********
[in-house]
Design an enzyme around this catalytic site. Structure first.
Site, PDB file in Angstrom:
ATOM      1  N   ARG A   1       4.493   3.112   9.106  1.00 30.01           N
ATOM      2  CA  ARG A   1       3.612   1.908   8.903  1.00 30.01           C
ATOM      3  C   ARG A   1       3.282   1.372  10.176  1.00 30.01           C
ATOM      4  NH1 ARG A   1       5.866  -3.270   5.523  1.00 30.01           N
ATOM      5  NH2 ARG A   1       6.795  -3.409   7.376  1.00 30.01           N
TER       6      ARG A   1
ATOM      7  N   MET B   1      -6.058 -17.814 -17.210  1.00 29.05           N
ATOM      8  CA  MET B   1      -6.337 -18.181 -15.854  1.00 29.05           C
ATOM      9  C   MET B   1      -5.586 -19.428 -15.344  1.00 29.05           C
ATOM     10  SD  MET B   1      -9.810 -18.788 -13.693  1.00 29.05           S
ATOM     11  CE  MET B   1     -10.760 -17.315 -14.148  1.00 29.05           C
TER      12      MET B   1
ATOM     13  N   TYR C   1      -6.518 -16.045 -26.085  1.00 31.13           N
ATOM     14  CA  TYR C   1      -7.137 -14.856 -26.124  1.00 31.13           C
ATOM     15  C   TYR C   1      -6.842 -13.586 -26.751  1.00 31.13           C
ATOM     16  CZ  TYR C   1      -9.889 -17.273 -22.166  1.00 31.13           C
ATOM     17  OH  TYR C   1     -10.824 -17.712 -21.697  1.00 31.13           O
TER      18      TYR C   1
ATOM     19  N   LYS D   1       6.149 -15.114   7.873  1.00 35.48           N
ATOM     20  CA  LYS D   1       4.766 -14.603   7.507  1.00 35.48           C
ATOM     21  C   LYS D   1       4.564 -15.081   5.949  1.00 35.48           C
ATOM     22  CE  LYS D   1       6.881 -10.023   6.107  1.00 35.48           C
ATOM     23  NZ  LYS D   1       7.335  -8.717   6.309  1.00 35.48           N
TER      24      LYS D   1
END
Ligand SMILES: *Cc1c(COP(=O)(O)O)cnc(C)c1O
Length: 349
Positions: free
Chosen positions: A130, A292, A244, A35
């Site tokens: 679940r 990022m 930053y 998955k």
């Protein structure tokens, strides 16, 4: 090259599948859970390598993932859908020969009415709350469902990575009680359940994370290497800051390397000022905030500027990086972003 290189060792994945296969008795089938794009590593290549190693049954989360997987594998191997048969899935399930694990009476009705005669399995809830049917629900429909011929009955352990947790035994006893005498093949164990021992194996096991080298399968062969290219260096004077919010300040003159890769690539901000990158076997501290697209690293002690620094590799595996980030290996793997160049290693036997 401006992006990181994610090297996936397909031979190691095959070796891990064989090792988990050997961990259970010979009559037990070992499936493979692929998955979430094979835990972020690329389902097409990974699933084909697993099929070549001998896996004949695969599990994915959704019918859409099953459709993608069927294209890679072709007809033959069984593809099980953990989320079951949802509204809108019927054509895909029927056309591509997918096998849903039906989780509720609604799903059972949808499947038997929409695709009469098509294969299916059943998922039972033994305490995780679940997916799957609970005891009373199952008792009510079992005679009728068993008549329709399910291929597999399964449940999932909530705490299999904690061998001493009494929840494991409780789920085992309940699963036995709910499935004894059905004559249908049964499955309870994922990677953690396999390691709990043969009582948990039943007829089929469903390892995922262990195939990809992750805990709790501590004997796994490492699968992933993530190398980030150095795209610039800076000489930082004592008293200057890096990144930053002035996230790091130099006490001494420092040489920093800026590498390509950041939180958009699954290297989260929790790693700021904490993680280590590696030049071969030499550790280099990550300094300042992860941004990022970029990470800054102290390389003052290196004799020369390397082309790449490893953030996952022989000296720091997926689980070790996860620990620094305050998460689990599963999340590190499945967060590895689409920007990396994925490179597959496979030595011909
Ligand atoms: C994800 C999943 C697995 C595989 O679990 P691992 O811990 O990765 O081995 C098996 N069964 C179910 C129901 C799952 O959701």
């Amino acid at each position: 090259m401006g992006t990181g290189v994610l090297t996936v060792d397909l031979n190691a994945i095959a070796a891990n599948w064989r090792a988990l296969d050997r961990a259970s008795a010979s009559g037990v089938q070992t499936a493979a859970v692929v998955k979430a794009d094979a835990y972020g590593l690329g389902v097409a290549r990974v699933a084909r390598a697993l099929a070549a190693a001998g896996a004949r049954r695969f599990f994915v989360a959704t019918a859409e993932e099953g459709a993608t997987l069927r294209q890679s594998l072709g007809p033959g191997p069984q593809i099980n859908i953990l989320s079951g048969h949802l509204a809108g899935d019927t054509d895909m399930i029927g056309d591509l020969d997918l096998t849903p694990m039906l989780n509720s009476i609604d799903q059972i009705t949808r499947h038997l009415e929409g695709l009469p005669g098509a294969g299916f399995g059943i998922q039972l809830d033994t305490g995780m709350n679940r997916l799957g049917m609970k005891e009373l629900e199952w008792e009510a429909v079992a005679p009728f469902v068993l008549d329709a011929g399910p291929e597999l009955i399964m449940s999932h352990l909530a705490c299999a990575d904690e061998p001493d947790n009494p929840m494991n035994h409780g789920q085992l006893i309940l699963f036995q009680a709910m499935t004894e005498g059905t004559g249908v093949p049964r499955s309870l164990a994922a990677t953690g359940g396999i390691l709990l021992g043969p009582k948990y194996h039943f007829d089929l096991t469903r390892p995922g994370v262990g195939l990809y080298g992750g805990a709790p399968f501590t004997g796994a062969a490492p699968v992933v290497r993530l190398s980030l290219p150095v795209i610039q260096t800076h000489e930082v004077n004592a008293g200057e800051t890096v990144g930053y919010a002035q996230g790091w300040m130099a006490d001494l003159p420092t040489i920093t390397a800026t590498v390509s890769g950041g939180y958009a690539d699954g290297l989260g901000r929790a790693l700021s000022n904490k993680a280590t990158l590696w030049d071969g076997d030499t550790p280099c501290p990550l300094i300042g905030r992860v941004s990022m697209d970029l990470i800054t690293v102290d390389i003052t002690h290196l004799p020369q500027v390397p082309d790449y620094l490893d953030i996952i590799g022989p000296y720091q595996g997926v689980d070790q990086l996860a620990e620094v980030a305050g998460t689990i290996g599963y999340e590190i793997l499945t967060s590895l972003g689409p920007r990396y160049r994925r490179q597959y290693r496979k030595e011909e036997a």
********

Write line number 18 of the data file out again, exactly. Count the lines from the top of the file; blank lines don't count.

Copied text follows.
ATOM     15  C   TYR C   1      -6.842 -13.586 -26.751  1.00 31.13           C